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Traditionally a farming and fishing nation (60% of the population earned their living as farmers in 1930, but only 8% did so in 2000), Finland began to diversify after World War II ended in 1945. The main crops farmed nowadays are rye, oats, and barley, but vast strawberry plantations and new agricultural industries compete with the more traditional forms. The fur and pelt industry is an important, though controversial, sector of Finnish agriculture and so is fish farming. The forestry industry is still of immense importance to Finland with timber, paper, and pulp accounting for 28.7% of exports, but the electronics and high-tech industries (with Nokia as the Finnish flagship company) have become equally important in terms of their business turnover (27.9% of all exports). Finland is also one of the world's leading manufacturers of paper machines. The furniture, glass, and ceramics industries, although smaller in terms of export earnings than the above industries, enjoy a high reputation worldwide. The chemical industry, largely through Kemira, a company originally set up by the government, is involved in the production of fertilizers and paints, while Neste refines oil and distributes natural gas. Finnish metal industries have a long tradition (e.g., shipbuilding began in Turku and Helsinki in 1737 and 1865, respectively), but even now some of the best cruise vessels or icebreakers are still being constructed in Finnish shipyards. The Aland Islands have traditionally relied on cargo shipping for their livelihood. During the first half of the 20th century, the province became world famous for its sailing ship fleet—bought second hand at a time when foreign shipowners were making the transition to steam. Today, merchant shipping remains the main source of income for the islands.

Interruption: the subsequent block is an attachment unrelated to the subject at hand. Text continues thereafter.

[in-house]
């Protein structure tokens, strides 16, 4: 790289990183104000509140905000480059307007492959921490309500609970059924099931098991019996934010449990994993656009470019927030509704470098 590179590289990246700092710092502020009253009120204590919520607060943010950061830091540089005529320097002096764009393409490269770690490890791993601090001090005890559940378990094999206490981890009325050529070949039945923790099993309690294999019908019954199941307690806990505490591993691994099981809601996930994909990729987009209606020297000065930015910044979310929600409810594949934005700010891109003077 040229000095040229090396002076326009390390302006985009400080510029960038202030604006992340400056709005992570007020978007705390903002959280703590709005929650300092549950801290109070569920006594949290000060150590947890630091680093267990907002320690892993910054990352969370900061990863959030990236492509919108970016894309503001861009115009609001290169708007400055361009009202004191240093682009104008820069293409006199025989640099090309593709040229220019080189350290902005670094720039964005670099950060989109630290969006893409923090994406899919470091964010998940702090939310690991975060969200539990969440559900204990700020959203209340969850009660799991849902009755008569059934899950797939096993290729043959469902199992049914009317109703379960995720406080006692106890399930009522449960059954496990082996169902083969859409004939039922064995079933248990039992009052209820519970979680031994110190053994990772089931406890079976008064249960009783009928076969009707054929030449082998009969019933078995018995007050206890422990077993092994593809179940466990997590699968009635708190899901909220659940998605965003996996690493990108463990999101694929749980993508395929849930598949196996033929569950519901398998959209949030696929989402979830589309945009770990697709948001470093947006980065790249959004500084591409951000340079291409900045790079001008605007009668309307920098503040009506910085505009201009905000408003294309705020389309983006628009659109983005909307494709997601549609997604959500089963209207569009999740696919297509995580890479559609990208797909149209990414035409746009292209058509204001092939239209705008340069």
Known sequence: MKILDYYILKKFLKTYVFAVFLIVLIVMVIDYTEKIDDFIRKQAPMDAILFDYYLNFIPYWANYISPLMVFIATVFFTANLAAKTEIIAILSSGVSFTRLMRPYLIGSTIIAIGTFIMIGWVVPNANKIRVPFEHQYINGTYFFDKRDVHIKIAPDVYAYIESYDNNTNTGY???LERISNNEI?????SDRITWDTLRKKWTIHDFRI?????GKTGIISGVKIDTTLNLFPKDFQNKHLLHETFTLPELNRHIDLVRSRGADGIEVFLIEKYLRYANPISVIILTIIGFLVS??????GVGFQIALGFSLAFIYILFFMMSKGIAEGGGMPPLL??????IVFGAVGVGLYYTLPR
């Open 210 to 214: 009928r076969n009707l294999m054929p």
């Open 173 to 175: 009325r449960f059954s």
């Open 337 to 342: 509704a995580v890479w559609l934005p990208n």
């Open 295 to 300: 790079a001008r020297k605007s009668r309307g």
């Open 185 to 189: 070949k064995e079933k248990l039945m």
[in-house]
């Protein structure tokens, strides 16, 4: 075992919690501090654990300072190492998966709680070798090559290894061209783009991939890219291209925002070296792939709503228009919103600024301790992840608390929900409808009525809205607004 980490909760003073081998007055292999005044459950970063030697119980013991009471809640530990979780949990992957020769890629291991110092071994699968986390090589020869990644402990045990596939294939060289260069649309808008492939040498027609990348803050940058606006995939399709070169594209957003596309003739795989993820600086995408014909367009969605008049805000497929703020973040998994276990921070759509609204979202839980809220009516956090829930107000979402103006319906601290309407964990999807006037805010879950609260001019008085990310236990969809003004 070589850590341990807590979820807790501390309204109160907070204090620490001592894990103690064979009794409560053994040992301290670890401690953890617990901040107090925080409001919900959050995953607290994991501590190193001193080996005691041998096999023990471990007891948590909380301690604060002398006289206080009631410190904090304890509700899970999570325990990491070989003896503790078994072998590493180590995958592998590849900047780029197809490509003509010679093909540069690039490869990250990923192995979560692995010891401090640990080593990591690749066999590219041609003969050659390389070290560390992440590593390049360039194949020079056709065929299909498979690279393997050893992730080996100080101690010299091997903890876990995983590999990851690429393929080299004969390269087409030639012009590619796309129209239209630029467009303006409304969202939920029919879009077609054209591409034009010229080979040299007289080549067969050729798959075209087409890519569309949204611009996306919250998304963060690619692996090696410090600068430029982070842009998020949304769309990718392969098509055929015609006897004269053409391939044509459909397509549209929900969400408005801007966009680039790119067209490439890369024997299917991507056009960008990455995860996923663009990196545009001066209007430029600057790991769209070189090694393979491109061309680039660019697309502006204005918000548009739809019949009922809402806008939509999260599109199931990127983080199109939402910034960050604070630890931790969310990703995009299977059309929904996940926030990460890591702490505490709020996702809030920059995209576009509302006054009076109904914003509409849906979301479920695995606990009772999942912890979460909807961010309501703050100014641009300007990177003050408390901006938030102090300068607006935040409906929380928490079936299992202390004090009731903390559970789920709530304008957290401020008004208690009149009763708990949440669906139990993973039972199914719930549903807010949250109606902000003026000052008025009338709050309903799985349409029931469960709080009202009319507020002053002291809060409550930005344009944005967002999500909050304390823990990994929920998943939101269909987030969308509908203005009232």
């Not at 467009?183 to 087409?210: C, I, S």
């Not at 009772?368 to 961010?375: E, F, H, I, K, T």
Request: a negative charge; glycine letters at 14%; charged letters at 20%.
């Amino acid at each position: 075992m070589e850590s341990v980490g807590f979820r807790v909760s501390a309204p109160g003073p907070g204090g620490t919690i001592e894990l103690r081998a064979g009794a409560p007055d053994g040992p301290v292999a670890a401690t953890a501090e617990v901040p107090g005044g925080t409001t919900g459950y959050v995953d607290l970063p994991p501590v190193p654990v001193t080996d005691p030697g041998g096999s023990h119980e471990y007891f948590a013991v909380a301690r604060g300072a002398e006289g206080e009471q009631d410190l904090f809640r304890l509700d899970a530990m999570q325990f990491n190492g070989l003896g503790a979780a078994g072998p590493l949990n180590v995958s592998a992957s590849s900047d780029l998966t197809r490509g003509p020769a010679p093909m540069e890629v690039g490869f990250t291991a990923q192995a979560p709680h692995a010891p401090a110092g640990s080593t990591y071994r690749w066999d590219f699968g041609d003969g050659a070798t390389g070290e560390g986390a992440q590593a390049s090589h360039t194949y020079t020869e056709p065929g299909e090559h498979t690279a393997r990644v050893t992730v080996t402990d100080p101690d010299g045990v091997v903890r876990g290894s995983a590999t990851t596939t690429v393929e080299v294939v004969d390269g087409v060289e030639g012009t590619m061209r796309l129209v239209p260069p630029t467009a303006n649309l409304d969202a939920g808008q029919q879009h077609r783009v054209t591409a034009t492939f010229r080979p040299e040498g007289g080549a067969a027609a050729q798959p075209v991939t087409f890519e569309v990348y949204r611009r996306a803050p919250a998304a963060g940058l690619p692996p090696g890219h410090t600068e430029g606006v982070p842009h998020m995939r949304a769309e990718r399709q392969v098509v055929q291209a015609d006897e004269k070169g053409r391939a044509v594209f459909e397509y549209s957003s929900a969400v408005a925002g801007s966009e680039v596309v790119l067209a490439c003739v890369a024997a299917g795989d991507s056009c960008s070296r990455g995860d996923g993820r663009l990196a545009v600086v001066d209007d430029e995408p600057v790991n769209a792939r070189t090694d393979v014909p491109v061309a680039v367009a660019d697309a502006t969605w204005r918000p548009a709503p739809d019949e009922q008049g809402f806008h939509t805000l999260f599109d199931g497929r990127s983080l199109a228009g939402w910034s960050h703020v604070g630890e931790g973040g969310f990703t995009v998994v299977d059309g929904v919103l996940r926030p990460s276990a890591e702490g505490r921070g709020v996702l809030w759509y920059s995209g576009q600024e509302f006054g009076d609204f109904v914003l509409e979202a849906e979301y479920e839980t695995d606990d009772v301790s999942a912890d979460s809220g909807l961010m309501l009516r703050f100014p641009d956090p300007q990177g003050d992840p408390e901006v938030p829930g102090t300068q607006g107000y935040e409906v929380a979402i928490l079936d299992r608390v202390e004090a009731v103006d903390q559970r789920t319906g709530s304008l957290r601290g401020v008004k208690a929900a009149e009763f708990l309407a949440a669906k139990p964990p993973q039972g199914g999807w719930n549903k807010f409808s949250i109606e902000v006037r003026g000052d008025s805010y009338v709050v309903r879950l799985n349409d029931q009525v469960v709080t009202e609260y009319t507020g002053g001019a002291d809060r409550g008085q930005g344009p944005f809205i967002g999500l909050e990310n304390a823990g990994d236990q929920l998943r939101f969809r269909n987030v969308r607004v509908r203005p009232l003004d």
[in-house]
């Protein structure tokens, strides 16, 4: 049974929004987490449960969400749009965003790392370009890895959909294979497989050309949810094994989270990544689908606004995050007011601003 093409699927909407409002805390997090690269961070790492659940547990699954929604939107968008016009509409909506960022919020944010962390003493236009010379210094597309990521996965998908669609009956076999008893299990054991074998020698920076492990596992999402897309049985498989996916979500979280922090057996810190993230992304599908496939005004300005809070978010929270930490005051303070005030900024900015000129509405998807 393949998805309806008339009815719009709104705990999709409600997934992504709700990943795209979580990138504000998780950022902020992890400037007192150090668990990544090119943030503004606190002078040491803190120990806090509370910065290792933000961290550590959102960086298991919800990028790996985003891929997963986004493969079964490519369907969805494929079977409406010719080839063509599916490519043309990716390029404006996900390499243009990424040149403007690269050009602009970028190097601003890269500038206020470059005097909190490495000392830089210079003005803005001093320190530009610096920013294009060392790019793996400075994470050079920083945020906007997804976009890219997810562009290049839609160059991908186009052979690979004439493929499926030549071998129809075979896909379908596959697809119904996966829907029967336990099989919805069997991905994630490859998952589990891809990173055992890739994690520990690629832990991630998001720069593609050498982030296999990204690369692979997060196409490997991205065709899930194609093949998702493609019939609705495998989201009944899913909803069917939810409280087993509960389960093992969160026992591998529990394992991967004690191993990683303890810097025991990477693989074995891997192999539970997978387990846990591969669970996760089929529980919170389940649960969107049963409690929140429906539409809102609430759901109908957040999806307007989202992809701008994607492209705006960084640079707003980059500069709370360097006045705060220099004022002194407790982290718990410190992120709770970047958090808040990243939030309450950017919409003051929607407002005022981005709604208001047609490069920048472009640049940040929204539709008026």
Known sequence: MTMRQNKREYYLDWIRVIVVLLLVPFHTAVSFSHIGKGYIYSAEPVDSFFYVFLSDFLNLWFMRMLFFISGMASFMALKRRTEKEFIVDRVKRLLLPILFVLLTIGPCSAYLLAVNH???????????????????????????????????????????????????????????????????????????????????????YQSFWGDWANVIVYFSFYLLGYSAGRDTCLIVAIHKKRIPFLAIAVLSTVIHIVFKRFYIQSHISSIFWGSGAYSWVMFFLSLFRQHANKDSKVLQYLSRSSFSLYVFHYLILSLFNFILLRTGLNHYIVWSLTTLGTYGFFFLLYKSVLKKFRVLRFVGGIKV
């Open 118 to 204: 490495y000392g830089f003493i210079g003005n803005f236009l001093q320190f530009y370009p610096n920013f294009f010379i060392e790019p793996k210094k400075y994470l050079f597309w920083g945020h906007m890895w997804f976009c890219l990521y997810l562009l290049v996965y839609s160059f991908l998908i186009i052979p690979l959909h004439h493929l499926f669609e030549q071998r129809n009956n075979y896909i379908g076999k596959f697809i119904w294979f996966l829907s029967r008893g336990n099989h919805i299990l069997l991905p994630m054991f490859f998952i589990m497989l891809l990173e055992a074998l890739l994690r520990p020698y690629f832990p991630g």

Finland has become an increasingly popular tourist destination for enthusiasts of cross-country skiing, snow-boarding, hiking, and fishing. A special tourist attraction is the Santapark near Rovaniemi with Father Christmas, reindeers, a toy workshop, and other sights. There are more than 200,000 reindeer in Lapland and the annual roundup also attracts scores of visitors. Surprisingly, the 50,000 elk hunted yearly yield more meat than the reindeer. For about 300,000 Finns, hunting is a hobby, but even more engage in sport fishing. Despite its many lakes, Finland obtains only 4% of its energy from hydroelectric sources; 28% of Finland's energy requirements are covered by imported oil and 18% come from nuclear power plants. Local peat provides 6% of the energy needs of the country. In the year 2000, approximately 9% of the Finnish workforce were unemployed, but were housed, fed, and looked after through the Finnish social welfare program. Of the 2.5 million or so people employed, 66% worked in various service industries (including health, financial, transport, and communication services), 22.8% in industries like consumer goods, manufactured items, forest products, metal and engineering products, and 6% each in agricultural and construction industries.

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